SRVH’s 1100 Hours of Pro Bono Work Helps Secure $1.175 Million Settlement for Latino Workers Wrongfully Detained and Abused by Federal Agents
In October, a landmark $1.175 million settlement was reached in a federal class action lawsuit arising from federal agents’ wrongful detention and mistreatment of 100 Latino workers during and after a 2018 raid at a Grainger County slaughterhouse. Sherrard Roe Voigt & Harbison attorneys acted as local counsel for the workers, contributing 1100 hours of pro bono legal services in a case involving egregious government misconduct that upended the lives of scores of families in a tight-knit East Tennessee immigrant community.
SRVH’s John Farringer, who personally worked over 350 hours on the case, said the settlement recognized not only the federal agents involved but also the wide-ranging impact the raid had on the detained workers and their loved ones.
“It was terrifying for these families, many of whom have lived in this small town for years and were part of the fabric of the community,” he said. “They had no idea what had happened to their loved ones, where they were taken, or when they would see them again. Over 400 kids didn’t show up at school the day after the raid because their parents were scared of what might happen next.”
Raid Launched Under False Pretenses
The Southeastern Provision slaughterhouse was the largest employer in Bean Station, Tennessee, employing hundreds of workers, including many Latino immigrants. In April 2018, agents from the Internal Revenue Service (IRS) and Immigration and Customs Enforcement (ICE) raided the slaughterhouse. In seeking the warrant authorizing the raid, the IRS and ICE told a federal magistrate judge they were seeking to gather records to support a tax evasion case against the plant’s owner. However, records obtained during the litigation demonstrated that the agencies intended to and ultimately did use the search warrant as an excuse to mount the federal government’s largest workplace immigration raid in over a decade.
Separated, Handcuffed, Mocked, and Abused
The IRS and ICE agents’ conduct during the raid drew national attention for its callousness and cruelty.
As reported in the Tennessee Lookout:
“Video obtained by the Tennessee Lookout via legal action showed the agents stormed inside the plant, immediately began separating white plant workers from those with brown skin, mocked the Latino workers and brutalized at least two of them.
The Latino workers were handcuffed, loaded onto buses and transported to a National Guard armory building in a neighboring county without any legal basis or paperwork and held them there for hours. Many were later shipped out to immigration detention facilities without notice to their families.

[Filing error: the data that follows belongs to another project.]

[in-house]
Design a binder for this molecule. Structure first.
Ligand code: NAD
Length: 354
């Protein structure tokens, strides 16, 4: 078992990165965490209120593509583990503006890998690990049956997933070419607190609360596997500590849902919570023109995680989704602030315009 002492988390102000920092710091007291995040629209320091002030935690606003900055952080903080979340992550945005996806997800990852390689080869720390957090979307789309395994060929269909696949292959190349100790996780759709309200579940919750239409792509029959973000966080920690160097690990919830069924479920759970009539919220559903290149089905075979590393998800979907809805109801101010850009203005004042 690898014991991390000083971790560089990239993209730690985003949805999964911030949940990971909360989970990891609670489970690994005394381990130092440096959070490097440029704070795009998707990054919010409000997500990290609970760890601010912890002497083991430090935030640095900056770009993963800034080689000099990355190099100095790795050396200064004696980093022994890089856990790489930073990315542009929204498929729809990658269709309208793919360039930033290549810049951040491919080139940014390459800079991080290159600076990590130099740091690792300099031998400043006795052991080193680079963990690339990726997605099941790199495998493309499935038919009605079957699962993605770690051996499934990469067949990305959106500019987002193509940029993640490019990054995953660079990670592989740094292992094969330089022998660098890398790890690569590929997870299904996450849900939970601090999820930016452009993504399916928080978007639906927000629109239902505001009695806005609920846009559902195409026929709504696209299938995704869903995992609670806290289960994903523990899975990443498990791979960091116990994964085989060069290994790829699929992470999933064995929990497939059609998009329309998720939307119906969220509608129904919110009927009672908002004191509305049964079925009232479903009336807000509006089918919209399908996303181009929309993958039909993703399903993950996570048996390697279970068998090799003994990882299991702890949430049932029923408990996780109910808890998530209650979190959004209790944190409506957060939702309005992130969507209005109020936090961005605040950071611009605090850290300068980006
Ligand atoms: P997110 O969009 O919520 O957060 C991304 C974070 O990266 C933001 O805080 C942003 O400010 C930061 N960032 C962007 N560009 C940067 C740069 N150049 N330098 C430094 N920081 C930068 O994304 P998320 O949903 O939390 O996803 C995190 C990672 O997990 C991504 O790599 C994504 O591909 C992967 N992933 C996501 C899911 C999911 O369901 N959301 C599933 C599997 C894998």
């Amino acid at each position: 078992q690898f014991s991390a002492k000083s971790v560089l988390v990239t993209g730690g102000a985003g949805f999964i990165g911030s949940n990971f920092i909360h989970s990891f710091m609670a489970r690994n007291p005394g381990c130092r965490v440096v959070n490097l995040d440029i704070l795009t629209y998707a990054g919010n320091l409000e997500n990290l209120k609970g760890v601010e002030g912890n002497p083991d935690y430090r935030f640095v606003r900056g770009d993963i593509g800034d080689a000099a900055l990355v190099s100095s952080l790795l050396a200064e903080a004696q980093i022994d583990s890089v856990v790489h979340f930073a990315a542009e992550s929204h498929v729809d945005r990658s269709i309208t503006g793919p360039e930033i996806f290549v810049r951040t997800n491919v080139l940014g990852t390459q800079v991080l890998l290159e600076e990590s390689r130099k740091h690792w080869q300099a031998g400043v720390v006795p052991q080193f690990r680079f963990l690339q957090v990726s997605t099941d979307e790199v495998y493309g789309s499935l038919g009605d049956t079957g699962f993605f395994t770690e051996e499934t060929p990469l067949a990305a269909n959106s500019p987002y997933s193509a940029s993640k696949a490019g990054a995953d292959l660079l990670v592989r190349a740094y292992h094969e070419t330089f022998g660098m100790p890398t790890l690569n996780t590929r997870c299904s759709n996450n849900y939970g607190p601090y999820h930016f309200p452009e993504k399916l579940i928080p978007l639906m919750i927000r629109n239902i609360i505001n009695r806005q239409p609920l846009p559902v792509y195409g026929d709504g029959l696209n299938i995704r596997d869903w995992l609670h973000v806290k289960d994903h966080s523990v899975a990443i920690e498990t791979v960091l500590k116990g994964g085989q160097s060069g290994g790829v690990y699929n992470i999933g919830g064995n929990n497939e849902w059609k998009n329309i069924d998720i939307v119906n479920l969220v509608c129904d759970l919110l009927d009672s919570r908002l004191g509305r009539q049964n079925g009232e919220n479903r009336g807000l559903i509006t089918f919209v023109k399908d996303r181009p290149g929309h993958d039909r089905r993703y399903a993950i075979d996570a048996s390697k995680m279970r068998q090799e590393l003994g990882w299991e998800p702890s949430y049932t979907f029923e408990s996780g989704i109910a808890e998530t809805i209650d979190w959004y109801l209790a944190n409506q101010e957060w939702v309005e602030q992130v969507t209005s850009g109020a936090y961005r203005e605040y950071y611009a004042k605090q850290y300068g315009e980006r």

White workers, on the other hand, were allowed to go free….”
No agent knew any of the 97 workers’ identities or immigration status before detaining them. After being detained, the workers were handcuffed, loaded into a van, and taken to the armory in nearby Russellville while their families waited for word about what happened to their loved ones.
Under the settlement, which has been preliminarily approved by the court, the six Latino workers who initially filed the suit will collectively receive $475,000, while all other members of the class of workers impacted by the raid will receive a total of $550,000. In addition, upon request, class members can obtain a letter from ICE confirming their membership in the class that can be included in any applications for immigration relief. The court has scheduled a final approval hearing on February 27, 2023.
The National Immigration Law Center and Southern Poverty Law Center brought the case on behalf of the Latino workers and retained SRVH to act as local Tennessee counsel. SRVH attorneys attended or took several depositions, appeared at all hearings, and participated in the mediation that led to the settlement, among other work on behalf of the plaintiffs. The firm worked on a pro bono basis, which amounted to the equivalent of $800,000 in legal services. While SVRH was entitled to recover some compensation for its efforts, it refused to accept any fees so as not to reduce the amount the plaintiffs would receive.[hafakot]/Adobe